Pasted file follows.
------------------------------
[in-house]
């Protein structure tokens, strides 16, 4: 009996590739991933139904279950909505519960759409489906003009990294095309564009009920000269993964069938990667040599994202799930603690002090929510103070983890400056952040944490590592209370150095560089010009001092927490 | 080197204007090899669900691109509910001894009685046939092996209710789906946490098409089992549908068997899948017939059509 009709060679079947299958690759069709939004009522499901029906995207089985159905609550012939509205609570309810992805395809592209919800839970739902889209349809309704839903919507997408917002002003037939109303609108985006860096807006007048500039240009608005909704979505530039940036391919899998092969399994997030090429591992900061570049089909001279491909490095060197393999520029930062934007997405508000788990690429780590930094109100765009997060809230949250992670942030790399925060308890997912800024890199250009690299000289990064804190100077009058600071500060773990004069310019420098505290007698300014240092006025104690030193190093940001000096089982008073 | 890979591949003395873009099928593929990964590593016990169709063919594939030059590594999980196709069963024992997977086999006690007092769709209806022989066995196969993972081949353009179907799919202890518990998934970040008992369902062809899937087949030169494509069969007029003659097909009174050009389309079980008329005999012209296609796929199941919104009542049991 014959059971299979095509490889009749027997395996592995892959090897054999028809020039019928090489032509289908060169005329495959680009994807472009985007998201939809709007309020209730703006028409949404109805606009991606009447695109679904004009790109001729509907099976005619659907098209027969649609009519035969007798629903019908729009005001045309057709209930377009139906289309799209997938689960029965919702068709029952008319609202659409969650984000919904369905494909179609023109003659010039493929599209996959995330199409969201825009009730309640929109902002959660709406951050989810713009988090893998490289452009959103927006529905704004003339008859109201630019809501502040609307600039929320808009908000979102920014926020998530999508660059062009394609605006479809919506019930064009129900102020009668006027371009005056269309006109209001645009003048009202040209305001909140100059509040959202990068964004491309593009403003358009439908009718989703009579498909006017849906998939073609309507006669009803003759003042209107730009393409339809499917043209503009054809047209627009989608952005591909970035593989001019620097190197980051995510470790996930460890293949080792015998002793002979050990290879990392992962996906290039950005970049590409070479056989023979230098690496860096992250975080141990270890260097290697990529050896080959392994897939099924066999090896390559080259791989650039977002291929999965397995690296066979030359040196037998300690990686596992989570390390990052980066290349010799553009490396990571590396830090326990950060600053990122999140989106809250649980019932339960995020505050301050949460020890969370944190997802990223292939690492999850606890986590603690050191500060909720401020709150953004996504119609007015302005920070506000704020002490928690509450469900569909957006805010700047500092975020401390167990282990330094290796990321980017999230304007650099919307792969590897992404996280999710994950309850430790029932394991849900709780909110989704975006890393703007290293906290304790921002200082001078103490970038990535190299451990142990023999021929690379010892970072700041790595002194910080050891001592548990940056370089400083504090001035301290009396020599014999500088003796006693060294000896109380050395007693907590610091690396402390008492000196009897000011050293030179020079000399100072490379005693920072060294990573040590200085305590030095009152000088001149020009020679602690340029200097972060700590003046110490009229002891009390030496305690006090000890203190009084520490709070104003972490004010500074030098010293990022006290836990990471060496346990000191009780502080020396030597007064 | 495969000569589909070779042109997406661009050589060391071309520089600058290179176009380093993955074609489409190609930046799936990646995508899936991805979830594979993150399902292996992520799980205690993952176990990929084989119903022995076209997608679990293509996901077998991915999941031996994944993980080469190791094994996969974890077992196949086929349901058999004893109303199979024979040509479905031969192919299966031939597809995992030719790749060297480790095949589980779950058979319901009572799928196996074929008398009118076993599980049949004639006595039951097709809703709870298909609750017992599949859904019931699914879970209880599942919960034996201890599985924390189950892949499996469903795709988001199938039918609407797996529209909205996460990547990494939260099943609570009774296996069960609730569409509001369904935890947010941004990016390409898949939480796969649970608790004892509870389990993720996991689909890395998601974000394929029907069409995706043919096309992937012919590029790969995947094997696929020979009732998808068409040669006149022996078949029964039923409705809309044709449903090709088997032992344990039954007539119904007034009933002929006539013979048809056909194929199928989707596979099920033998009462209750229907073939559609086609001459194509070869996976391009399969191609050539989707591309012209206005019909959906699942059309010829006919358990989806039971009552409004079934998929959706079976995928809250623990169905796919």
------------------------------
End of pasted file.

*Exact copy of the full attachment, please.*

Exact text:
[in-house]
């Protein structure tokens, strides 16, 4: 009996590739991933139904279950909505519960759409489906003009990294095309564009009920000269993964069938990667040599994202799930603690002090929510103070983890400056952040944490590592209370150095560089010009001092927490 | 080197204007090899669900691109509910001894009685046939092996209710789906946490098409089992549908068997899948017939059509 009709060679079947299958690759069709939004009522499901029906995207089985159905609550012939509205609570309810992805395809592209919800839970739902889209349809309704839903919507997408917002002003037939109303609108985006860096807006007048500039240009608005909704979505530039940036391919899998092969399994997030090429591992900061570049089909001279491909490095060197393999520029930062934007997405508000788990690429780590930094109100765009997060809230949250992670942030790399925060308890997912800024890199250009690299000289990064804190100077009058600071500060773990004069310019420098505290007698300014240092006025104690030193190093940001000096089982008073 | 890979591949003395873009099928593929990964590593016990169709063919594939030059590594999980196709069963024992997977086999006690007092769709209806022989066995196969993972081949353009179907799919202890518990998934970040008992369902062809899937087949030169494509069969007029003659097909009174050009389309079980008329005999012209296609796929199941919104009542049991 014959059971299979095509490889009749027997395996592995892959090897054999028809020039019928090489032509289908060169005329495959680009994807472009985007998201939809709007309020209730703006028409949404109805606009991606009447695109679904004009790109001729509907099976005619659907098209027969649609009519035969007798629903019908729009005001045309057709209930377009139906289309799209997938689960029965919702068709029952008319609202659409969650984000919904369905494909179609023109003659010039493929599209996959995330199409969201825009009730309640929109902002959660709406951050989810713009988090893998490289452009959103927006529905704004003339008859109201630019809501502040609307600039929320808009908000979102920014926020998530999508660059062009394609605006479809919506019930064009129900102020009668006027371009005056269309006109209001645009003048009202040209305001909140100059509040959202990068964004491309593009403003358009439908009718989703009579498909006017849906998939073609309507006669009803003759003042209107730009393409339809499917043209503009054809047209627009989608952005591909970035593989001019620097190197980051995510470790996930460890293949080792015998002793002979050990290879990392992962996906290039950005970049590409070479056989023979230098690496860096992250975080141990270890260097290697990529050896080959392994897939099924066999090896390559080259791989650039977002291929999965397995690296066979030359040196037998300690990686596992989570390390990052980066290349010799553009490396990571590396830090326990950060600053990122999140989106809250649980019932339960995020505050301050949460020890969370944190997802990223292939690492999850606890986590603690050191500060909720401020709150953004996504119609007015302005920070506000704020002490928690509450469900569909957006805010700047500092975020401390167990282990330094290796990321980017999230304007650099919307792969590897992404996280999710994950309850430790029932394991849900709780909110989704975006890393703007290293906290304790921002200082001078103490970038990535190299451990142990023999021929690379010892970072700041790595002194910080050891001592548990940056370089400083504090001035301290009396020599014999500088003796006693060294000896109380050395007693907590610091690396402390008492000196009897000011050293030179020079000399100072490379005693920072060294990573040590200085305590030095009152000088001149020009020679602690340029200097972060700590003046110490009229002891009390030496305690006090000890203190009084520490709070104003972490004010500074030098010293990022006290836990990471060496346990000191009780502080020396030597007064 | 495969000569589909070779042109997406661009050589060391071309520089600058290179176009380093993955074609489409190609930046799936990646995508899936991805979830594979993150399902292996992520799980205690993952176990990929084989119903022995076209997608679990293509996901077998991915999941031996994944993980080469190791094994996969974890077992196949086929349901058999004893109303199979024979040509479905031969192919299966031939597809995992030719790749060297480790095949589980779950058979319901009572799928196996074929008398009118076993599980049949004639006595039951097709809703709870298909609750017992599949859904019931699914879970209880599942919960034996201890599985924390189950892949499996469903795709988001199938039918609407797996529209909205996460990547990494939260099943609570009774296996069960609730569409509001369904935890947010941004990016390409898949939480796969649970608790004892509870389990993720996991689909890395998601974000394929029907069409995706043919096309992937012919590029790969995947094997696929020979009732998808068409040669006149022996078949029964039923409705809309044709449903090709088997032992344990039954007539119904007034009933002929006539013979048809056909194929199928989707596979099920033998009462209750229907073939559609086609001459194509070869996976391009399969191609050539989707591309012209206005019909959906699942059309010829006919358990989806039971009552409004079934998929959706079976995928809250623990169905796919």